Sarah Sutherland over at Slaw.ca:
“Start-ups are pivoting away from legal analysis to subject areas that have more accessible datasets and less complicated source material, and those that haven’t frequently struggle to answer simple questions. There are many applications for automated analysis of legal documents, but as far as I can tell so far they tend toward extracting particular information such as judges’ names…”
“Legal documents are some of the most complex writing in English, and it is unlikely that the nuance of what they mean will be an easy target.”
Amazon has opened a new physical, brick-and-mortar bookstore in Seattle. E-book sales are either flat or declining as a percentage of the market. What is going on?
From a June 1996 opinion column in MIT’s The Tech newspaper (“…the first newspaper published on the web”):
“I know people can currently take pictures of public things and public people and use them as they please. But usually there is some courtesy attached to photography…if someone asks me to leave them out of a picture, I oblige. Also, when someone else is using a camera, you can gingerly avoid the field of view…..I’m not suggesting Web cameras should be banned from public places. Not yet. I do think we should establish a norm of courtesy whereby people would, out of deference to others, keep these cameras to themselves.”
Lessons? Among them would seem to be that standards of behavior and etiquette evolve quickly with technological advances—and not necessarily for the better.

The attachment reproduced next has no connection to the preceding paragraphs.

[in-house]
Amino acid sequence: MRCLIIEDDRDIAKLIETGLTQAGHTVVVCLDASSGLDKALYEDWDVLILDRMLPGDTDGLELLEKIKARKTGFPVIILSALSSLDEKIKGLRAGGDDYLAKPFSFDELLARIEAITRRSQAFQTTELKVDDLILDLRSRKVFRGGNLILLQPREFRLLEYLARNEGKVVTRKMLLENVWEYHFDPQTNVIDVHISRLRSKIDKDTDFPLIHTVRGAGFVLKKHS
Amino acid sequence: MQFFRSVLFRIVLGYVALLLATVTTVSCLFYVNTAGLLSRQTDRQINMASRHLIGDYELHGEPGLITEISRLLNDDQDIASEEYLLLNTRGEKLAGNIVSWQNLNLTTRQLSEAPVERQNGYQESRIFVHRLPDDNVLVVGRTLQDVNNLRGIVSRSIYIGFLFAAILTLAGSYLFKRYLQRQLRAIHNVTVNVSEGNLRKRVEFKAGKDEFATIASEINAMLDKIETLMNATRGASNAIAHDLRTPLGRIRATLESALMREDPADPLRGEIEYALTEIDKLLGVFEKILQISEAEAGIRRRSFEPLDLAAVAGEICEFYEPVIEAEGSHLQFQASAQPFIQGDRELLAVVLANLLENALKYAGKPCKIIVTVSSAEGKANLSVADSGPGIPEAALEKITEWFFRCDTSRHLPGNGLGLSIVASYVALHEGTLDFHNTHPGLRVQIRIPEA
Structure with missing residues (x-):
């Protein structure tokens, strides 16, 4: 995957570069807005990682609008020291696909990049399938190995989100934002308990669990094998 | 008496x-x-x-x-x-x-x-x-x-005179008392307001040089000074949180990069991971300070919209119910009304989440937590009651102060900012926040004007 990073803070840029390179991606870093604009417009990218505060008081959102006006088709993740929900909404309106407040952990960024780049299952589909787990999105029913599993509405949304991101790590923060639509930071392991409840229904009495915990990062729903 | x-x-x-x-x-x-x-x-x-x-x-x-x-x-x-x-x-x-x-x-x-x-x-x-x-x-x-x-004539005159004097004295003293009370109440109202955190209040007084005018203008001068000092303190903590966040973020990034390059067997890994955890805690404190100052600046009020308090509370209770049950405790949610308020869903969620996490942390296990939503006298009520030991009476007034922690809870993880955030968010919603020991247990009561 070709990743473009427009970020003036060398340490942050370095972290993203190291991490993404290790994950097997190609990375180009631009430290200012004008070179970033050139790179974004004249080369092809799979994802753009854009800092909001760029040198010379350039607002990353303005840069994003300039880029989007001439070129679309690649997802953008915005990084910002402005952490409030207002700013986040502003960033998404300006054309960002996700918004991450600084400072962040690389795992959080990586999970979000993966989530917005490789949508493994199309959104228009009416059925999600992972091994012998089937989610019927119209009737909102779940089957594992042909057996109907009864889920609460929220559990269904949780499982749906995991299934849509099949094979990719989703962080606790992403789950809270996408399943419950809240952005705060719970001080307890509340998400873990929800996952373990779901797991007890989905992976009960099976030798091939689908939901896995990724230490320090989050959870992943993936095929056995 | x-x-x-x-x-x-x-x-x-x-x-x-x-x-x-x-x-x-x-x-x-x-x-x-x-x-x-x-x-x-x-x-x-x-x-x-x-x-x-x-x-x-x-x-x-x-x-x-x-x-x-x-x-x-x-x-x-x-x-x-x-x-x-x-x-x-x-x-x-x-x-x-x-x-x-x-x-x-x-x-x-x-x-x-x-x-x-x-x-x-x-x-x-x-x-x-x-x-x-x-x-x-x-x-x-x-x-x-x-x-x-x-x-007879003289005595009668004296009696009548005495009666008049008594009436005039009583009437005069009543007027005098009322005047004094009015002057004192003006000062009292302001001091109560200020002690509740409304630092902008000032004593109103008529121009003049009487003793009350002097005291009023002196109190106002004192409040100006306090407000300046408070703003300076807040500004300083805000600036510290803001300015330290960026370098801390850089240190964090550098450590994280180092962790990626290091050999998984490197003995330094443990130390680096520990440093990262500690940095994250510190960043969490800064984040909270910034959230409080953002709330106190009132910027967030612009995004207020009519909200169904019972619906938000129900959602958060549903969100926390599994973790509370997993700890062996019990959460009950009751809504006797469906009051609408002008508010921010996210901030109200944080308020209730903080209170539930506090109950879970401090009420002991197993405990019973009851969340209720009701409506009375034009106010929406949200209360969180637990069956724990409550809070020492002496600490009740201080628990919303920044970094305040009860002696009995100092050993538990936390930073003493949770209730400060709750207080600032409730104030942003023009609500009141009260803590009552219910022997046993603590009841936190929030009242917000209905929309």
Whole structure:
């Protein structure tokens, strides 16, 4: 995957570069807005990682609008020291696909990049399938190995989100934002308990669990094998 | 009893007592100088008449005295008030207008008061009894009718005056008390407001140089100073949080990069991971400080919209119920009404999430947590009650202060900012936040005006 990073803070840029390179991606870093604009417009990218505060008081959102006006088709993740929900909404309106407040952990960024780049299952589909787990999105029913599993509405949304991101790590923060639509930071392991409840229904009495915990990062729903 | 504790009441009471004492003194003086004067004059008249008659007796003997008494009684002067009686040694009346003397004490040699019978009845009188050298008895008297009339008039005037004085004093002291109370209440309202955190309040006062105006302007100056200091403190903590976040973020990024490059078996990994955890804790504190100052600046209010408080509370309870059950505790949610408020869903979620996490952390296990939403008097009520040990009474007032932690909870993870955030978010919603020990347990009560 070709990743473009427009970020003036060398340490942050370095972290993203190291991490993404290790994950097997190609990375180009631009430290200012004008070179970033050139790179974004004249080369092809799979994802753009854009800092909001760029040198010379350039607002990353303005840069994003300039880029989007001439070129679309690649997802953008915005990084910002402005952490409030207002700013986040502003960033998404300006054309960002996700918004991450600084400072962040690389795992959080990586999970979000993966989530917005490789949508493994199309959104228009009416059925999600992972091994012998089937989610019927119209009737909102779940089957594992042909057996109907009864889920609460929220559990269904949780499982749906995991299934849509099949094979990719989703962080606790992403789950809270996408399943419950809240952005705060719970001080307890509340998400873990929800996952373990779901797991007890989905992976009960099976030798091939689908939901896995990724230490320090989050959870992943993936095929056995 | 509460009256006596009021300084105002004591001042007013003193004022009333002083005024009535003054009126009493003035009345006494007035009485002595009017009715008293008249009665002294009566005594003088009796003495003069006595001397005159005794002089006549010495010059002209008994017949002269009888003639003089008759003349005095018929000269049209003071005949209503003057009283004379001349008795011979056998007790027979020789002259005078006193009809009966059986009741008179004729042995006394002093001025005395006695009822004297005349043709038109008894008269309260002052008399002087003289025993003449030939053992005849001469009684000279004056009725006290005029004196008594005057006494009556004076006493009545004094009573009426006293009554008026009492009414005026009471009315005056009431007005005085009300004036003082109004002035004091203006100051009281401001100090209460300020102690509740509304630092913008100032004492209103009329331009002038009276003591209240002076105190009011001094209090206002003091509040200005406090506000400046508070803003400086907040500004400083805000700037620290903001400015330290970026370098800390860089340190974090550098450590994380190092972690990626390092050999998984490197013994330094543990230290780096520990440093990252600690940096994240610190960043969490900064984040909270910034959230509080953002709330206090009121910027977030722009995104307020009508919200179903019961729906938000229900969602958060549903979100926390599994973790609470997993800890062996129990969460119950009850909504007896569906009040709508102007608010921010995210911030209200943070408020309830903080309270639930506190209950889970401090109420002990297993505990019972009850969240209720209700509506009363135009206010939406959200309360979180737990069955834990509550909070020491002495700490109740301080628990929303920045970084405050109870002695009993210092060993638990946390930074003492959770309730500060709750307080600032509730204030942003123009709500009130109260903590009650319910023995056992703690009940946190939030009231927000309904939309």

If you are wondering, the very first camera phone was introduced in 1996, according to Wikipedia at least, which was of course launched in 2001.
Over at Slaw, McKay and Rodrigues discuss the ditches into which market research often plunges, legal publishing’s disconnect from its customers, and the obsession with technology (and technicians) over editorial substance.
McKay: “I wonder if I’m correct in thinking that it (legal publishing) used to be enormously pleasurable, rewarding and creative but now appears, with some exceptions, to be desperately dull? Its dullness is reflected in its lack of innovation, its shift away from new product development and its failure to excite and engage with its customers and with its own people.”
Rodrigues covers the various errors encountered in customer research, such as that type of research that we might consider feigned market research:
“During my career, I observed any number of surveys or questionnaires used to develop new products and redevelop existing ones. In my experience, rarely did these surveys or questionnaires generate meaningful input from customers regarding product development. To me at least it seemed as if this method of conducting research was more form than substance…Sometimes the research…(occurred) after a product had been developed, to justify what had already been done, when only token changes in the product, if any, were possible. This was particularly true in the case of digital products, where changes resulting from a questionnaire or survey reflected what the developer was capable of doing, rather than what might need to be done to address customer concerns.”
Is this customer and publisher malaise due to the abandonment of editorial product development as McKay and Rodriguez suggest in their various columns?